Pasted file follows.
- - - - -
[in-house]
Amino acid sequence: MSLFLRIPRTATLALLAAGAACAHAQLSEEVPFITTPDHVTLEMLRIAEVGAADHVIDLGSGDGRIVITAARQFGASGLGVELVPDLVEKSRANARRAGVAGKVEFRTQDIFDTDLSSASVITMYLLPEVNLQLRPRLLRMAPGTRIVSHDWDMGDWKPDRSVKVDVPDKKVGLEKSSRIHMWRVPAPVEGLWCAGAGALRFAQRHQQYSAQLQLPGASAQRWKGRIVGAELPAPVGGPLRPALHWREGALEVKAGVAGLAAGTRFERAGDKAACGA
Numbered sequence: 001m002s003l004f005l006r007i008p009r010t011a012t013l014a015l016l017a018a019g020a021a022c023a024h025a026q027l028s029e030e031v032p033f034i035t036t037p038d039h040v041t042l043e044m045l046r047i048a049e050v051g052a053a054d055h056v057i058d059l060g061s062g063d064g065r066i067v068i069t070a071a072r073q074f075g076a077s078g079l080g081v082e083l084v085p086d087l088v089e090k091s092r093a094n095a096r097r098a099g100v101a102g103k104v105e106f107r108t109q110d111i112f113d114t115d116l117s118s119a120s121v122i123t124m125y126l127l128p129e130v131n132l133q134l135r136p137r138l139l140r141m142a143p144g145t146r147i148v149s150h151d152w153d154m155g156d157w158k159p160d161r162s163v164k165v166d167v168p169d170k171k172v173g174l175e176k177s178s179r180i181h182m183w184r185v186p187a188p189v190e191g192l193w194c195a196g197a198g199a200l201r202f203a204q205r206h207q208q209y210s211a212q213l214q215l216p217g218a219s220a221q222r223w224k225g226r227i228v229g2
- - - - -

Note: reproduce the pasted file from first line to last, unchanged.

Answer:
[in-house]
Amino acid sequence: MSLFLRIPRTATLALLAAGAACAHAQLSEEVPFITTPDHVTLEMLRIAEVGAADHVIDLGSGDGRIVITAARQFGASGLGVELVPDLVEKSRANARRAGVAGKVEFRTQDIFDTDLSSASVITMYLLPEVNLQLRPRLLRMAPGTRIVSHDWDMGDWKPDRSVKVDVPDKKVGLEKSSRIHMWRVPAPVEGLWCAGAGALRFAQRHQQYSAQLQLPGASAQRWKGRIVGAELPAPVGGPLRPALHWREGALEVKAGVAGLAAGTRFERAGDKAACGA
Numbered sequence: 001m002s003l004f005l006r007i008p009r010t011a012t013l014a015l016l017a018a019g020a021a022c023a024h025a026q027l028s029e030e031v032p033f034i035t036t037p038d039h040v041t042l043e044m045l046r047i048a049e050v051g052a053a054d055h056v057i058d059l060g061s062g063d064g065r066i067v068i069t070a071a072r073q074f075g076a077s078g079l080g081v082e083l084v085p086d087l088v089e090k091s092r093a094n095a096r097r098a099g100v101a102g103k104v105e106f107r108t109q110d111i112f113d114t115d116l117s118s119a120s121v122i123t124m125y126l127l128p129e130v131n132l133q134l135r136p137r138l139l140r141m142a143p144g145t146r147i148v149s150h151d152w153d154m155g156d157w158k159p160d161r162s163v164k165v166d167v168p169d170k171k172v173g174l175e176k177s178s179r180i181h182m183w184r185v186p187a188p189v190e191g192l193w194c195a196g197a198g199a200l201r202f203a204q205r206h207q208q209y210s211a212q213l214q215l216p217g218a219s220a221q222r223w224k225g226r227i228v229g2